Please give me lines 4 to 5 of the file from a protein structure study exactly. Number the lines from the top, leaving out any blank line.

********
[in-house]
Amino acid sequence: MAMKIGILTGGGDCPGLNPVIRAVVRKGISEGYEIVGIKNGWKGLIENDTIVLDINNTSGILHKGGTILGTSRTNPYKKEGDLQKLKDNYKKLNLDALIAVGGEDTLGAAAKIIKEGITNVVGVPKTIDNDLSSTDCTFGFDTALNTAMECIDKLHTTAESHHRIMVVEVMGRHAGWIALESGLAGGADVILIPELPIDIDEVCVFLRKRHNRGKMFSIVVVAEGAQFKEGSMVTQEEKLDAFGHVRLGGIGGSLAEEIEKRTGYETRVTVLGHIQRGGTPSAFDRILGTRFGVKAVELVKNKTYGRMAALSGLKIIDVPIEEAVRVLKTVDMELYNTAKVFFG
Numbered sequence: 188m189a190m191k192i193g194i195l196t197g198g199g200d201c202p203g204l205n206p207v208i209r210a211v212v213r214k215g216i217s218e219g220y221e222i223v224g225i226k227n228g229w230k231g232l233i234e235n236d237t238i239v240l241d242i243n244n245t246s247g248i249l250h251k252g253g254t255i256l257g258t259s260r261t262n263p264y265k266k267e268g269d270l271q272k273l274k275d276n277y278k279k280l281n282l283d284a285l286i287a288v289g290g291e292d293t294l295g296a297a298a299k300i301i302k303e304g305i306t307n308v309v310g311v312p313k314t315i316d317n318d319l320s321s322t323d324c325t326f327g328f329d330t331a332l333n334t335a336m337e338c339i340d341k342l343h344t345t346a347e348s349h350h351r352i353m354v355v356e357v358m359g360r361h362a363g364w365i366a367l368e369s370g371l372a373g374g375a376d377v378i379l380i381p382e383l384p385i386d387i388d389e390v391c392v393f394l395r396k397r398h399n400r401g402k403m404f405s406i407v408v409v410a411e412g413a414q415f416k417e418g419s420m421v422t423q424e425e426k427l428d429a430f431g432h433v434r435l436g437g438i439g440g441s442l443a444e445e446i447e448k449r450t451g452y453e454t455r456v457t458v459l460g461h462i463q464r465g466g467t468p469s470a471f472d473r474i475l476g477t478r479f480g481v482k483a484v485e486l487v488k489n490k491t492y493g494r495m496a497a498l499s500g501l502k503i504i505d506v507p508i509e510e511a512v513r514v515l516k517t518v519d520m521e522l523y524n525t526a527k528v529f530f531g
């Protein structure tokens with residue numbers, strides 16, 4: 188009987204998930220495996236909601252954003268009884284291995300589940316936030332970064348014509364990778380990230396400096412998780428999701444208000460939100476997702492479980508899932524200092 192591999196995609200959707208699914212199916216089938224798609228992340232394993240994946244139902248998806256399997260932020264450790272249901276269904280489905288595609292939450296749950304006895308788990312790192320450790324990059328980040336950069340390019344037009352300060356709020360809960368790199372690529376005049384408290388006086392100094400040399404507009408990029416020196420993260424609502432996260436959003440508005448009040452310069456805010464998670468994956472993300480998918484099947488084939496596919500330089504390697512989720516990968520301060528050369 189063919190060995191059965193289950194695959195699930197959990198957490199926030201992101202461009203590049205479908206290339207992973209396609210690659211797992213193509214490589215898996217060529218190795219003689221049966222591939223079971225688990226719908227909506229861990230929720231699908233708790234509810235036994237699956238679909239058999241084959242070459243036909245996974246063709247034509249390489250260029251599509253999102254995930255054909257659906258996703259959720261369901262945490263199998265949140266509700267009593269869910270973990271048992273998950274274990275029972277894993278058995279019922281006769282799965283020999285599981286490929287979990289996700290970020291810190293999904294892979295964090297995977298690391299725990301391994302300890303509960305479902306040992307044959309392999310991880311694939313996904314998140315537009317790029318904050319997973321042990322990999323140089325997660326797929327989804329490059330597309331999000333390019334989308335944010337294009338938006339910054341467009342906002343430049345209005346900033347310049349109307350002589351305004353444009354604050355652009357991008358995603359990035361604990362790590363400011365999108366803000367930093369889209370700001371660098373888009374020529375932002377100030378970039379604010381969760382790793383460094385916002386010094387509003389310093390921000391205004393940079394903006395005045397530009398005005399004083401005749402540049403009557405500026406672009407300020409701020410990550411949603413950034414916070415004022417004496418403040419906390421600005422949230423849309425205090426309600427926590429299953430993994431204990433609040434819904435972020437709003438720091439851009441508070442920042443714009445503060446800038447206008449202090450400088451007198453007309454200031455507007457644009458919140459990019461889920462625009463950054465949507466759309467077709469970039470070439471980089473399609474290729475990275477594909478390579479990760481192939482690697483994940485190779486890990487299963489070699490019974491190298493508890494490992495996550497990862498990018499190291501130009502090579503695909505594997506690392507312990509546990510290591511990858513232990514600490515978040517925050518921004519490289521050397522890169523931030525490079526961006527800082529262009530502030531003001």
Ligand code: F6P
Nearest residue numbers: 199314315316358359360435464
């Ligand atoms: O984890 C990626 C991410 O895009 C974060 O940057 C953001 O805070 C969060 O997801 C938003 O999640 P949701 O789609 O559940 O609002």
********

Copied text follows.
């Protein structure tokens with residue numbers, strides 16, 4: 188009987204998930220495996236909601252954003268009884284291995300589940316936030332970064348014509364990778380990230396400096412998780428999701444208000460939100476997702492479980508899932524200092 192591999196995609200959707208699914212199916216089938224798609228992340232394993240994946244139902248998806256399997260932020264450790272249901276269904280489905288595609292939450296749950304006895308788990312790192320450790324990059328980040336950069340390019344037009352300060356709020360809960368790199372690529376005049384408290388006086392100094400040399404507009408990029416020196420993260424609502432996260436959003440508005448009040452310069456805010464998670468994956472993300480998918484099947488084939496596919500330089504390697512989720516990968520301060528050369 189063919190060995191059965193289950194695959195699930197959990198957490199926030201992101202461009203590049205479908206290339207992973209396609210690659211797992213193509214490589215898996217060529218190795219003689221049966222591939223079971225688990226719908227909506229861990230929720231699908233708790234509810235036994237699956238679909239058999241084959242070459243036909245996974246063709247034509249390489250260029251599509253999102254995930255054909257659906258996703259959720261369901262945490263199998265949140266509700267009593269869910270973990271048992273998950274274990275029972277894993278058995279019922281006769282799965283020999285599981286490929287979990289996700290970020291810190293999904294892979295964090297995977298690391299725990301391994302300890303509960305479902306040992307044959309392999310991880311694939313996904314998140315537009317790029318904050319997973321042990322990999323140089325997660326797929327989804329490059330597309331999000333390019334989308335944010337294009338938006339910054341467009342906002343430049345209005346900033347310049349109307350002589351305004353444009354604050355652009357991008358995603359990035361604990362790590363400011365999108366803000367930093369889209370700001371660098373888009374020529375932002377100030378970039379604010381969760382790793383460094385916002386010094387509003389310093390921000391205004393940079394903006395005045397530009398005005399004083401005749402540049403009557405500026406672009407300020409701020410990550411949603413950034414916070415004022417004496418403040419906390421600005422949230423849309425205090426309600427926590429299953430993994431204990433609040434819904435972020437709003438720091439851009441508070442920042443714009445503060446800038447206008449202090450400088451007198453007309454200031455507007457644009458919140459990019461889920462625009463950054465949507466759309467077709469970039470070439471980089473399609474290729475990275477594909478390579479990760481192939482690697483994940485190779486890990487299963489070699490019974491190298493508890494490992495996550497990862498990018499190291501130009502090579503695909505594997506690392507312990509546990510290591511990858513232990514600490515978040517925050518921004519490289521050397522890169523931030525490079526961006527800082529262009530502030531003001």
Ligand code: F6P